Tuesday, December 19, 2017


More SQL Server Trace Flags

Another SQL Server Trace Flags resource (in addition to the Microsoft one).

There are a bunch of SQL Server resources hosted there, SQL Server Kit.

Saturday, December 16, 2017


SQLDiagCmd Updated

I’ve updated SQLDiagCmd, my standalone executable for running any or all of Glenn Berry’s excellent SQL Server DMV diagnostic scripts.

As well as being able to target multiple servers and multiple databases, it now also has the option to exclude specified queries from being executed (such as those that might take some time to execute on large very databases or busy server instances).

The source code is available on GitHub and you can download the executable directly from these links:



Thursday, December 14, 2017


A recursive C# function

I was searching through email today looking for a LINQPad snippet that a colleague, James Miles, wrote some time ago, one which we used to generate the scripts for a production SQL Server database + transaction log point in time restore after IT had a little SAN mishap!

In doing so, I came across this gem from James: Solving Puzzles in C#: Poker Hands, which is not just a great example of writing a recursive function but of problem solving in general. [Where I used to work, we often used to have a Friday puzzle where I tried to come up with or find puzzles that wouldn’t be easy to solve by brute force.  This was one of the many times I was thwarted by James and others!]

Tuesday, November 14, 2017


SQL Server: A more useful CXPacket Waits...

Starting with the upcoming SQL Server 2017 CU3 and SQL Server 2016 SP2 releases, CXPACKET waits are split into an actionable wait (CXPACKET) and a negligible wait (CXCONSUMER).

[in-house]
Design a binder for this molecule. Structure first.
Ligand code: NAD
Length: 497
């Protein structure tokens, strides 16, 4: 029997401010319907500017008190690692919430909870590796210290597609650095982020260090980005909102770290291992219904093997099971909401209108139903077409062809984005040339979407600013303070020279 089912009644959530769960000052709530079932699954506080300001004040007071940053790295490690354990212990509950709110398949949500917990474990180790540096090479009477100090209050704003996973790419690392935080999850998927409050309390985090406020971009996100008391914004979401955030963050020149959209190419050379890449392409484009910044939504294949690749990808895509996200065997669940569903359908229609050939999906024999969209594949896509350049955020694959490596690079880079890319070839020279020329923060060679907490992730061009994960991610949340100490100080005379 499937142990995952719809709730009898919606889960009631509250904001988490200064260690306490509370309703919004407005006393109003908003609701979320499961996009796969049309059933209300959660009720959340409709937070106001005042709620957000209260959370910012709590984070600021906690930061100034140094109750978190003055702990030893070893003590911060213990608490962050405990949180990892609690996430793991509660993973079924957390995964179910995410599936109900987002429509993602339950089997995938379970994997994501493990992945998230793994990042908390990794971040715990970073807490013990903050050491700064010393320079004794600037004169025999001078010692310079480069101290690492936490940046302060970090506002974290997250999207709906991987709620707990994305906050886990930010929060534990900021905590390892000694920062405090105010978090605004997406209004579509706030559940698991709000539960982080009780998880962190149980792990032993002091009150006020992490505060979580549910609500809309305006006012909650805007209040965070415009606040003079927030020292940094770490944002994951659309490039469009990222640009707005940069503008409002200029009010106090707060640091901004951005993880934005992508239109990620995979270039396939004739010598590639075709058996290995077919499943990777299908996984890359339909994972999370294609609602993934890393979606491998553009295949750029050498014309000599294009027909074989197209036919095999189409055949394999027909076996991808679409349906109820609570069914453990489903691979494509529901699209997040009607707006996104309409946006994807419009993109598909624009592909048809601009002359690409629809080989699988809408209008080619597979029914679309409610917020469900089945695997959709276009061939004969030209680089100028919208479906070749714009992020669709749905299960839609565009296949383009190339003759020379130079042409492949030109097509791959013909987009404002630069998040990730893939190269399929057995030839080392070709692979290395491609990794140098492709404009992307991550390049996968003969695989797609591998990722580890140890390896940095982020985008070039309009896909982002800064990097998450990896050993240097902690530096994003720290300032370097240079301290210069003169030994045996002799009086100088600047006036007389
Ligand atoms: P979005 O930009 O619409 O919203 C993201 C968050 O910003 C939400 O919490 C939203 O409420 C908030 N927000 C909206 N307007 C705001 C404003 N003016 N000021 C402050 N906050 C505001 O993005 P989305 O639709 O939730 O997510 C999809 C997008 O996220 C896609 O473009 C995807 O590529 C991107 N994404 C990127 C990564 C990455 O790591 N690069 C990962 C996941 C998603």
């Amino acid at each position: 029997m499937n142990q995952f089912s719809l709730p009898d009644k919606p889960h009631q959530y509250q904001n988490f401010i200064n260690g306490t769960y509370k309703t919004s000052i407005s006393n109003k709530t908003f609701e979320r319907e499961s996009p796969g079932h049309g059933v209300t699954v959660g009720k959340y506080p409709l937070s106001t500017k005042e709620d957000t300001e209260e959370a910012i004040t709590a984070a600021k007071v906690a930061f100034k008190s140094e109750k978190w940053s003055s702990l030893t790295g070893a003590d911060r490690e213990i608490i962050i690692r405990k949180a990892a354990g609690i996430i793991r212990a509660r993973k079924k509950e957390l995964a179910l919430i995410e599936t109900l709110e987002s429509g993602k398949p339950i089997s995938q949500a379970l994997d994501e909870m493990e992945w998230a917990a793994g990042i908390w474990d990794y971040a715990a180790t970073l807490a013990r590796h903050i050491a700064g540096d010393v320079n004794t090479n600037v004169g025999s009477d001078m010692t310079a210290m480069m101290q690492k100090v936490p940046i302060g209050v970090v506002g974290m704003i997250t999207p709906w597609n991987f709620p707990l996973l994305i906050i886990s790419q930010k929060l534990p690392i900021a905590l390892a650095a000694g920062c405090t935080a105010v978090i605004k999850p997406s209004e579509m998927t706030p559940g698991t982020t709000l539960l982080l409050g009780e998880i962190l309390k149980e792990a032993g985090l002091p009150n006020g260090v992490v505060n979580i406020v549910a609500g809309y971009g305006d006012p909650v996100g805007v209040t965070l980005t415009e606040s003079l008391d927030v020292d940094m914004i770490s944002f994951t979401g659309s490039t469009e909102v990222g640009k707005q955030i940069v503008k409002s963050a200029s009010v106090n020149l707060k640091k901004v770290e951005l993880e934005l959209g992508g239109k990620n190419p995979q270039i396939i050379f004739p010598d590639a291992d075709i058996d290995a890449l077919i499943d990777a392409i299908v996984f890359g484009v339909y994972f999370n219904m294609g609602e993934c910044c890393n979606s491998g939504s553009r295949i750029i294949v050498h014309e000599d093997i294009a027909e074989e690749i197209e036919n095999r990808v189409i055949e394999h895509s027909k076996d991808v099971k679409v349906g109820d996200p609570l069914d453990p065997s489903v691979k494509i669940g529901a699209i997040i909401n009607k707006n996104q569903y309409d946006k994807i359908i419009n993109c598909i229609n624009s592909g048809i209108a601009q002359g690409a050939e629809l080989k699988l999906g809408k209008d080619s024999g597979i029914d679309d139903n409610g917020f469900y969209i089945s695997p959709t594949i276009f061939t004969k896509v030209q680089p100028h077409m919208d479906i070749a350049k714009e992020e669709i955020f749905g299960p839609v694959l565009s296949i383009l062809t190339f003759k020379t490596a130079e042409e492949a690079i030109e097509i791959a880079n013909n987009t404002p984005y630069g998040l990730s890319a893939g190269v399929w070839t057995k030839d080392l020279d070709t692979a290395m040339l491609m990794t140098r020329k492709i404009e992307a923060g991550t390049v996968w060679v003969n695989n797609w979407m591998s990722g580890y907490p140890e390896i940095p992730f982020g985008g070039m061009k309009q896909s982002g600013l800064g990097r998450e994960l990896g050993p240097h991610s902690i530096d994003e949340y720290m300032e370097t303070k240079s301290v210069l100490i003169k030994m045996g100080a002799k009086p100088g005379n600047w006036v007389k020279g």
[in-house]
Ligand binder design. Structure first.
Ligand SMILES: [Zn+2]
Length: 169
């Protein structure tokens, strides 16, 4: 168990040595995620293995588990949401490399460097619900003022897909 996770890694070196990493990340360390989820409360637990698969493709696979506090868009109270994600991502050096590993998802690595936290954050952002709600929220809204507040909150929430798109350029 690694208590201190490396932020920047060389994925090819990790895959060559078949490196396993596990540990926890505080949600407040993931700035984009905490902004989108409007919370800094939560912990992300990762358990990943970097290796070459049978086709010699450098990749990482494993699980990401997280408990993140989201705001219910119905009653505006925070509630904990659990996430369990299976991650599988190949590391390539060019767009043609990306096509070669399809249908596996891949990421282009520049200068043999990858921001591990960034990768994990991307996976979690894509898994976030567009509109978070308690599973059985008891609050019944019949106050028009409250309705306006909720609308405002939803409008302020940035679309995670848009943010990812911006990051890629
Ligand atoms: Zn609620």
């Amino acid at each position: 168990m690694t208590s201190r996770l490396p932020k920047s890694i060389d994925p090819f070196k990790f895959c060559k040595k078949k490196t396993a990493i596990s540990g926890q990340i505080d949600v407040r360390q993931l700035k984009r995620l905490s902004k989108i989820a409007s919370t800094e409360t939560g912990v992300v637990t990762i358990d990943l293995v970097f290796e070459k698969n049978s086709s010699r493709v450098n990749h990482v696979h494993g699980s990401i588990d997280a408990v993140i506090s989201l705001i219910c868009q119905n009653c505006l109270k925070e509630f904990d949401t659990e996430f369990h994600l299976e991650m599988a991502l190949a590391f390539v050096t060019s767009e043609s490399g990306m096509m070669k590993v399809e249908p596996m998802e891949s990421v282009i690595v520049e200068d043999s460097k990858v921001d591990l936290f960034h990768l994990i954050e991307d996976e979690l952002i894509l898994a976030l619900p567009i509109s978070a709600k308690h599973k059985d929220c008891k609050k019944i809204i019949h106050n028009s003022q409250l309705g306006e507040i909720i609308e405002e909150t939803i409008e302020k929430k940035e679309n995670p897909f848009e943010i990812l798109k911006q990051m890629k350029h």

(these wait types are already present in Azure SQL Database).

Making parallelism waits actionable

Wednesday, November 01, 2017


SQL Server Trace Flags

Microsoft have published a useful list of all SQL Server trace flags in a single location: 
DBCC TRACEON - Trace Flags

In the past, some of these were poorly documented or hard to find.

Wednesday, October 25, 2017


Shared Memory Protocol is not Supported on SQL Server Failover Clusters

I was recently trying to work out why SSAS installed on the same server as SQL Server would not use shared memory for its processing connections. It may be obvious to some people, but an internet search turns up surprising few references: the Shared Memory Protocol is not Supported on SQL Server Failover Clusters.

On a standard SQL Server instance, the Shared Memory protocol can be used when a client is running on the same computer as the SQL Server instance and the Shared Memory Protocol is enabled in SQL Server’s network protocols. (You can check the status of the enabled protocols using SQL Server Configuration Manager).

sys.dm_exec_connections will show you which net transport a client connection is using:

SELECT net_transport FROM sys.dm_exec_connections WHERE session_id = @@SPID;

You can force a client connection to use a specific protocol by prefixing the Server name in the connection string with one of these modifiers:

  • TCP: tcp:
  • Multiprotocol = rpc:
  • Shared Memory = lpc:

e.g. Force connection to use the TCP protocol:


In addition, you can force the client connection to use the Shared Memory protocol by using (local) as the server name. You can also use localhost or a period (.) e.g.:



Tuesday, October 17, 2017


SSMS 17.3 has XE Profiler built-in

New to SQL Server Manager Studio (SSMS) 17.3 is the XE Profiler. This is Profiler-like functionality built-in to SSMS:

SSMS 17.3 has Profiler built-in


Just double-click either of the two entries to create a live trace window (built on the SSMS XE “Watch Live Data” functionality).  The event sessions that will be created are named:

  • Standard:  QuickSessionStandard
  • TSQL:        QuickSessionTSQL

Friday, October 13, 2017


SSAS: Turn Off Flight Recorder

A quick and easy SSAS optimisation: turn off flight recorder: